A former prisoner (Petey) who was incarcerated at the Grande Valley Institution for Women in Kitchener, Ontario during an overlapping time frame with Ashley Smith, refers to the tragic manner in which Ashley died. She uses the horror of what happened to Ashley to illustrate some important points about the need for transparency and an effective prisoner complaints system. What goes on behind prison walls is invisible to the public and indeed in many cases, largely invisible even to those closest to someone inside. The current direction being taken by our federal government, in pushing for ever greater secrecy and fewer transparent avenues to deal with prisoner complaints and human rights violations inside, will without question lead to more horrific and entirely preventable tragedies. Such as the succession of "mistakes", and callous decision making which led to the end of Ashley's young life. Read on for Petey's reflections on this situation.
Also I would highly recommend following the links within Petey's statement for other written pieces by Petey on her experiences in our prison and jail systems.
Statement from "Petey" at the Demonstration and Vigil for the Death of Ashley Smith
* Read by Jennifer Kilty
at the event.
My name is Petey.
I am one year older than Ashley would have been, had she not died at
the hands of the prison system. I was transferred to Grand Valley
Institution for Women two weeks before Ashley Smith’s tragic death took
The Fifth Estate documentary of Ashley Smith’s unfortunate journey through the penal system was given the very appropriate title, “Out of Control”.
This is a succinct and precise description of the Corrections Service
of Canada. I have been a prisoner in the youth, provincial, and federal
systems, and witnessed firsthand the mistreatment of girls as young as
twelve to women in their sixties. With them, I experienced oppression
and abuse at the hands of prison guards, and felt powerless because it
was my word against that of prison personnel.
One such example is that I spent five illegal months in maximum security
at Grand Valley the age of twenty, due to an oversight of the policies
that blatantly stated I should not have been there. However, CSC was not
interested in informing me about my rights or about policies that would
be inconvenient for them to follow. Instead, they hoped I would never
notice, and told me that it was “water under the bridge” when I raised
objections. This, and many other complaints and grievances that I filed
throughout my imprisonment, were strongly discouraged by CSC officials.
Asking CSC to follow their own policies is seen as unruliness and
noncompliance. Fighting for basic human rights meant that I was labelled
as a troublemaker.
It was a struggle to obtain copies of CSC’s policies and directives,
which the public is told are freely available to all prisoners. If
successful in obtaining a copy, every single woman in prison would
inevitably find sections where the policies were not followed, and where
her rights have been trampled. Should she find the courage, and have
the skills to fill out a complaint or grievance form, she is seen as
Enemy Number One by CSC, and all efforts are put into place to convince
her to withdraw the complaint. If the complaint is handled informally or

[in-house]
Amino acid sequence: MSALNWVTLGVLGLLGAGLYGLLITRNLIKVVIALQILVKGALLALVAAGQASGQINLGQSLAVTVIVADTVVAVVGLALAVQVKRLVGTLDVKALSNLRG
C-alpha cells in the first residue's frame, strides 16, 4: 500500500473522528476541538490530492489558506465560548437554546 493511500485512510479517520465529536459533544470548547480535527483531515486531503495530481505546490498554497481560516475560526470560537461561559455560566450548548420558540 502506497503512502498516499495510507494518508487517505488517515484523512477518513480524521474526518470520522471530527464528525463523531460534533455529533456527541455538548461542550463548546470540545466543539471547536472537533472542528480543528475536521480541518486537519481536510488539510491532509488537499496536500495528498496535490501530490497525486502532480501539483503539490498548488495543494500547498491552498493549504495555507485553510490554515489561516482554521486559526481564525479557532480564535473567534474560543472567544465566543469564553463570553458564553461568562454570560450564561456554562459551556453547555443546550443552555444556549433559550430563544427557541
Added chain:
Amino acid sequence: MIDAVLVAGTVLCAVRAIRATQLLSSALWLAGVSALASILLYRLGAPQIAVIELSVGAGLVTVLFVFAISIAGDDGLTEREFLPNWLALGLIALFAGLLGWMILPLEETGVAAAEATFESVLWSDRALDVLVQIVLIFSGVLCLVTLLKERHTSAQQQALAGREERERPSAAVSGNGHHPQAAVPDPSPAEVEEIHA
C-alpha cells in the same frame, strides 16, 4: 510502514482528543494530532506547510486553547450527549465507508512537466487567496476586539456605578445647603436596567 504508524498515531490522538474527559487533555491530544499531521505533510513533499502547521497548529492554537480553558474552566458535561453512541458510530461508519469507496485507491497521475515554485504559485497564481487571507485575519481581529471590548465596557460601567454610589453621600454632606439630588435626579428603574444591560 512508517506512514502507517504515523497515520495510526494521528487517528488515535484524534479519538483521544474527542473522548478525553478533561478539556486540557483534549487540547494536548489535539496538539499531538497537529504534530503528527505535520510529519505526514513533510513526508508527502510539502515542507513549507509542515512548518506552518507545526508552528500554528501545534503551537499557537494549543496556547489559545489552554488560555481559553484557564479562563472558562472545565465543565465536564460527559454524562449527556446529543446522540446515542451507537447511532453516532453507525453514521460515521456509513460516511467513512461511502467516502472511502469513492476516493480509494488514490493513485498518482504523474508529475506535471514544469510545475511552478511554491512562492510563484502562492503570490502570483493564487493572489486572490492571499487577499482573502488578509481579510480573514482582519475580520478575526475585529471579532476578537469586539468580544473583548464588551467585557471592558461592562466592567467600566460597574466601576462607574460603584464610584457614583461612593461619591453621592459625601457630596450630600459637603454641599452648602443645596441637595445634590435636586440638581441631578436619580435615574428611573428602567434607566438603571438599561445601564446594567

withdrawn, there is no documentation of the transgression, and the
public is told that everything is fine; the prison is doing its job,
because there is no record of prisoners complaining.
Unfortunately, these tactics to silence injustice lead to severe
breaches of human rights. Ashley Smith’s complaints about her indefinite
segregation and excessive number of transfers between prisons and
mental health facilities in Canada were left in the complaints box until
long after she had died. They were filled out by other people because
she was not permitted a pen. It took her death for the public to be made
aware that someone at the age of nineteen was being held indefinitely
in isolated segregation in a federal prison for women. This is
It is my sincere hope that this inquest leads to some form of external
oversight of CSC, because they are currently not accountable to any
authority. They can and do commit any atrocities they deem appropriate,
such as transferring someone seventeen times within eleven months, or
involuntary injections, under the guise of public safety. This protest
is the beginning of a new direction for Corrections, one where the
public demands that justice is not synonymous with punishment, and where
basic human rights are guaranteed to all Canadians, even the ones in
Reflections on My First Free Prisoner Justice Day
After ﬁnally escaping from the clutches of maximum security, I was bunked with a young girl who slashed herself up something ﬁerce two weeks later. I was woken up at one in the morning and instructed to leaveour cell so it could be sealed for investigation. My cellmate was shipped toa psychiatric hospital and my nightmares got worse.I asked to please be moved to a single cell, but instead got another cellmate, who I was told was more “stable”. Ten days later, I came back to ﬁnd she was gone. When I asked what happened, it turned out she wasin segregation on suicide watch. I was starting to think that there was something wrong with me because everyone around me was sick of living. I had no idea how to handle this kind of guilt. Guards in the prison treated these situations as normal and that I should just get used to it. I could not wrap my head around that kind of thinking, so I was left alone, hurt and confused. Several women died while I was at GVI and the injustice of them dying away from their families really weighed heavily on me.Here is a quote from Correctional Service of Canada. by Petey scribd-Reflections on First "Free" Prisoner Justice Day